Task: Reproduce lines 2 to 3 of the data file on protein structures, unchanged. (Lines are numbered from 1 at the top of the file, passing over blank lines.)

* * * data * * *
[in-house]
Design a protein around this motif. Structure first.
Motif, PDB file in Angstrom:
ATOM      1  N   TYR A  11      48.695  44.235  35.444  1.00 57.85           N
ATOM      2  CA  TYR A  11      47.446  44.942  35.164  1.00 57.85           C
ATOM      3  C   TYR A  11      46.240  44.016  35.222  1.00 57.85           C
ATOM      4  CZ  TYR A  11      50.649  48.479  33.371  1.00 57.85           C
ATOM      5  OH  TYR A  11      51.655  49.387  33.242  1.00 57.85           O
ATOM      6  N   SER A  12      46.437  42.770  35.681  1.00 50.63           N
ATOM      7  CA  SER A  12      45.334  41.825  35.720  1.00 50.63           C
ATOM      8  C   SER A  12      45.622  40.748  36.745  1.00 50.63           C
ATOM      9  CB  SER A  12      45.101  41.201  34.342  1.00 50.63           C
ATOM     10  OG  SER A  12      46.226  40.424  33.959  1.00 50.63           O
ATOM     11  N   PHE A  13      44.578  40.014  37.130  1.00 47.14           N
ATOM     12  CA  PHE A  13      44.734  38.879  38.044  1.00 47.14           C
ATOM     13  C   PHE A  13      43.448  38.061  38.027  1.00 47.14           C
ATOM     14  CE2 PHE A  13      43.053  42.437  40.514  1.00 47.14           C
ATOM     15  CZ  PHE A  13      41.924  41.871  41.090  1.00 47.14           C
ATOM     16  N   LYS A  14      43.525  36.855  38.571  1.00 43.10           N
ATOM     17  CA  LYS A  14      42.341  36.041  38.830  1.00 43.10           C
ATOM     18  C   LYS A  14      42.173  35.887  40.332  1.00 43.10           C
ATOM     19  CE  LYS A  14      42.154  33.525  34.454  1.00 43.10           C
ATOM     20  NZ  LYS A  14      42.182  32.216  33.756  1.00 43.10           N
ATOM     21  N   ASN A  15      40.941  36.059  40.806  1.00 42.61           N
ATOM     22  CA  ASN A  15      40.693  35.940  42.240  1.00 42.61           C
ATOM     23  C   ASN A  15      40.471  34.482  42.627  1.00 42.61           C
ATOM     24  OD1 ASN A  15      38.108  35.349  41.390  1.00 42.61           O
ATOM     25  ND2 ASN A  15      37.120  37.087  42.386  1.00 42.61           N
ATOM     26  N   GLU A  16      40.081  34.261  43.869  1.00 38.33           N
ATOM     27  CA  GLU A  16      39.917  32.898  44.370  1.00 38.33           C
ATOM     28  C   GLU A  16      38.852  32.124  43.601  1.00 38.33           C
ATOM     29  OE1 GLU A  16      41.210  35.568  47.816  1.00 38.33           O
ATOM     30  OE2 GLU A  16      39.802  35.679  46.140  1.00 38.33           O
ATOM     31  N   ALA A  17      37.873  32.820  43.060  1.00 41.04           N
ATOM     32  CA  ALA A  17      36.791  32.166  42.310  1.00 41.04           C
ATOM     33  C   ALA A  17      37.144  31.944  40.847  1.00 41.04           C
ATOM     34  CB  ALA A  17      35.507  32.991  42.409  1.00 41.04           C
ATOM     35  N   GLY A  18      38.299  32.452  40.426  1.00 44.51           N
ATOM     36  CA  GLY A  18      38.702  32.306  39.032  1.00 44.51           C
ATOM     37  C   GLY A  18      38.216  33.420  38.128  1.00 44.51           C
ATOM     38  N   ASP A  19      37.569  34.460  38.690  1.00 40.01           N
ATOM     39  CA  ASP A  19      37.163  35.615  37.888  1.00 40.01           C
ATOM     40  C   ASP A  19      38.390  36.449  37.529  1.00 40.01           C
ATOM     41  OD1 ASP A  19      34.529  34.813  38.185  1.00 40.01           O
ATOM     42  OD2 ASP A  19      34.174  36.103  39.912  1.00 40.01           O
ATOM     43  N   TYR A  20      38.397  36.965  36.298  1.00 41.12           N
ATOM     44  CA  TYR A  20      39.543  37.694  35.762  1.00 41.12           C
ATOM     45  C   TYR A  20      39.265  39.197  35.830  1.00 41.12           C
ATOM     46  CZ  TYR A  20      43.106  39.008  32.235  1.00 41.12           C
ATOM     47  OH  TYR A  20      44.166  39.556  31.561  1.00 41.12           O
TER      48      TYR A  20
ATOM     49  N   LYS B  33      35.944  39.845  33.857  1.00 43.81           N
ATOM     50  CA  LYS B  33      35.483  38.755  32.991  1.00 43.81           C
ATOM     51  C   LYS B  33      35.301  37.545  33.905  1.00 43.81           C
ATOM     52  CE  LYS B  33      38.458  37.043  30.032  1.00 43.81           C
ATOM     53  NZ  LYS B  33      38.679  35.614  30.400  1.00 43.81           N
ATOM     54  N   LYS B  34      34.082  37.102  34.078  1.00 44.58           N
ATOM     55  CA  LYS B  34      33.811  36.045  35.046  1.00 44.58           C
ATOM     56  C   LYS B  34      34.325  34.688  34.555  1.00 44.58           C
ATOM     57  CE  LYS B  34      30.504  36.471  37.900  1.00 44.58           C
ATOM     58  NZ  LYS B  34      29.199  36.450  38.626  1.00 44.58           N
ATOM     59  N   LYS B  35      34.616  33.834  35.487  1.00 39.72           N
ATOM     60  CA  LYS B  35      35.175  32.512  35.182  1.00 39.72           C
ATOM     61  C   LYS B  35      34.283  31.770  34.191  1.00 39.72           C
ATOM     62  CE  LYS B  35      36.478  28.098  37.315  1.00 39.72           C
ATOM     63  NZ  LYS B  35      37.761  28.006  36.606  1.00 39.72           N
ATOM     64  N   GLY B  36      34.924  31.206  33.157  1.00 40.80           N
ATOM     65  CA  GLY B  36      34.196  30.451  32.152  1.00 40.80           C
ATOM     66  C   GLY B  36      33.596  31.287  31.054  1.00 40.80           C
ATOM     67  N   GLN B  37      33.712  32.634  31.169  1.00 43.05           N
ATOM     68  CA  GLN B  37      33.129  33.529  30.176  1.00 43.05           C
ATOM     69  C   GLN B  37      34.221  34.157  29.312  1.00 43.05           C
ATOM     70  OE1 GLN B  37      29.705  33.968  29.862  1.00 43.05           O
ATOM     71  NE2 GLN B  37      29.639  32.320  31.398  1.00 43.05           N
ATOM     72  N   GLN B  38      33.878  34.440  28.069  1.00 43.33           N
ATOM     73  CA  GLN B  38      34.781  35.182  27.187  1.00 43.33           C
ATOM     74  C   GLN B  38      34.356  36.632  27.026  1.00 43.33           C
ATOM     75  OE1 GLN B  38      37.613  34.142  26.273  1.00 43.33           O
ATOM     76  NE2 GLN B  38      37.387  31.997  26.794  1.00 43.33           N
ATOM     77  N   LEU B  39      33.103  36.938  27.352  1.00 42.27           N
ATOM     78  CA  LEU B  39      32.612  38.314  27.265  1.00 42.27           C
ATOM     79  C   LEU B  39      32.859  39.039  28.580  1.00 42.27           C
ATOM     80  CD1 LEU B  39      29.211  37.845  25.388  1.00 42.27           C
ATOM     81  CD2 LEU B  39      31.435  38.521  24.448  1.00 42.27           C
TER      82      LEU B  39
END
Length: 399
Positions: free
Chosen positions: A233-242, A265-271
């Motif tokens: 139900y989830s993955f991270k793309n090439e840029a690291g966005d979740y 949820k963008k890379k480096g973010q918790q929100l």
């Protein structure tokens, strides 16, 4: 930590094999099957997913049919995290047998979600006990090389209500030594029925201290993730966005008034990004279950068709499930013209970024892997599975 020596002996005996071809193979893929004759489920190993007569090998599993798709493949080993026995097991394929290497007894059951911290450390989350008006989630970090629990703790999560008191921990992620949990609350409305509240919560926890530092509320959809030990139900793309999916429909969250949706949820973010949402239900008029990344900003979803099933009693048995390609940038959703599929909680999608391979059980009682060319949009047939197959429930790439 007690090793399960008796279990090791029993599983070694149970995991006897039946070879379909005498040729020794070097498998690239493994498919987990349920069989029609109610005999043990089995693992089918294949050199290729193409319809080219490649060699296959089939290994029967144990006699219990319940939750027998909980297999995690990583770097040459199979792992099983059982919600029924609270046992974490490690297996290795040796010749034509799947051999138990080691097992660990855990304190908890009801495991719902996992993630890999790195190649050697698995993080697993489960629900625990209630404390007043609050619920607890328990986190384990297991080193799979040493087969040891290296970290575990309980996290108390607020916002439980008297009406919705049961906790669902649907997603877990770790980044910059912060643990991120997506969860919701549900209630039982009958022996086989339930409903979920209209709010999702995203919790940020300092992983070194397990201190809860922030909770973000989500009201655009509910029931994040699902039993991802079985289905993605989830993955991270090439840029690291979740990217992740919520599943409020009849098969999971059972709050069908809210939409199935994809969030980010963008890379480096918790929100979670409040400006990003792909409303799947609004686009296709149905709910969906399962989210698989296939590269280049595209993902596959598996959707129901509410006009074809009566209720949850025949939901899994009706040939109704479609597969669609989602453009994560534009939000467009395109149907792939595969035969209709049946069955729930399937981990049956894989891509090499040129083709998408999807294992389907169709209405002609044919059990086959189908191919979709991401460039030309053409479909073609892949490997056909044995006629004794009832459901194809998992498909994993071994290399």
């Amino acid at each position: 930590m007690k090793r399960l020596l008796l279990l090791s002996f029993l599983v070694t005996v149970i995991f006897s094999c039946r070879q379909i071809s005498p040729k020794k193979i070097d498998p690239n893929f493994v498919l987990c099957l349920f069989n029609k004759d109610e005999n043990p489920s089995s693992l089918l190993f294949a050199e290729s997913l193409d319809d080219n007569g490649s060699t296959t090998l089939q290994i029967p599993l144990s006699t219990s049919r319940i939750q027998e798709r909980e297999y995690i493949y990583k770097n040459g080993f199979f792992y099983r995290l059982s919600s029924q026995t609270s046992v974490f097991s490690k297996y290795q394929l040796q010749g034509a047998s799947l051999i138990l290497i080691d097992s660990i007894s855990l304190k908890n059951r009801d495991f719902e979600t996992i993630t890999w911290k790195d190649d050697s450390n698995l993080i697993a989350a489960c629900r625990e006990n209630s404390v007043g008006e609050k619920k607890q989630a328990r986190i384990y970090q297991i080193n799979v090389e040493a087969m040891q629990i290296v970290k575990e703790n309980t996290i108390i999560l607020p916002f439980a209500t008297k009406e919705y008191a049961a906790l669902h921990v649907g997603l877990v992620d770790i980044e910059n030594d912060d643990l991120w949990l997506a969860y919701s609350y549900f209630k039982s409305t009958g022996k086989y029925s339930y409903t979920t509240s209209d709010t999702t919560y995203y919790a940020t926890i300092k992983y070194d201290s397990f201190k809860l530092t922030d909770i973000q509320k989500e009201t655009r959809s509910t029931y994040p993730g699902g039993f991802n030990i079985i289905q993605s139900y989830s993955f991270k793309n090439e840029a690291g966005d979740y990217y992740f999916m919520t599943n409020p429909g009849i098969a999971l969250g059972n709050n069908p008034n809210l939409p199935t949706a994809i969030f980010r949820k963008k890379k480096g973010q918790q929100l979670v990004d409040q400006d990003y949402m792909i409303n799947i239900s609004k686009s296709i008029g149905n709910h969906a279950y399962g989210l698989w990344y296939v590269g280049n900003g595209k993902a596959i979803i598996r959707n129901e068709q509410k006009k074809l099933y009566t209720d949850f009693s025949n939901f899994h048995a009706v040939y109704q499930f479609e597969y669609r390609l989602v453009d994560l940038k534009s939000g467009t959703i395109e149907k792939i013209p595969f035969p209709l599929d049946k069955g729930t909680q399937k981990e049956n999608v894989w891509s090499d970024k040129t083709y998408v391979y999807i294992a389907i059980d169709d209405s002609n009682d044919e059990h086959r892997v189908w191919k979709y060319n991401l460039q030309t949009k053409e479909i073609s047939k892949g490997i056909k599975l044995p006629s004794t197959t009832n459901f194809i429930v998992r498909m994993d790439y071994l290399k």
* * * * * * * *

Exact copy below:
Design a protein around this motif. Structure first.
Motif, PDB file in Angstrom: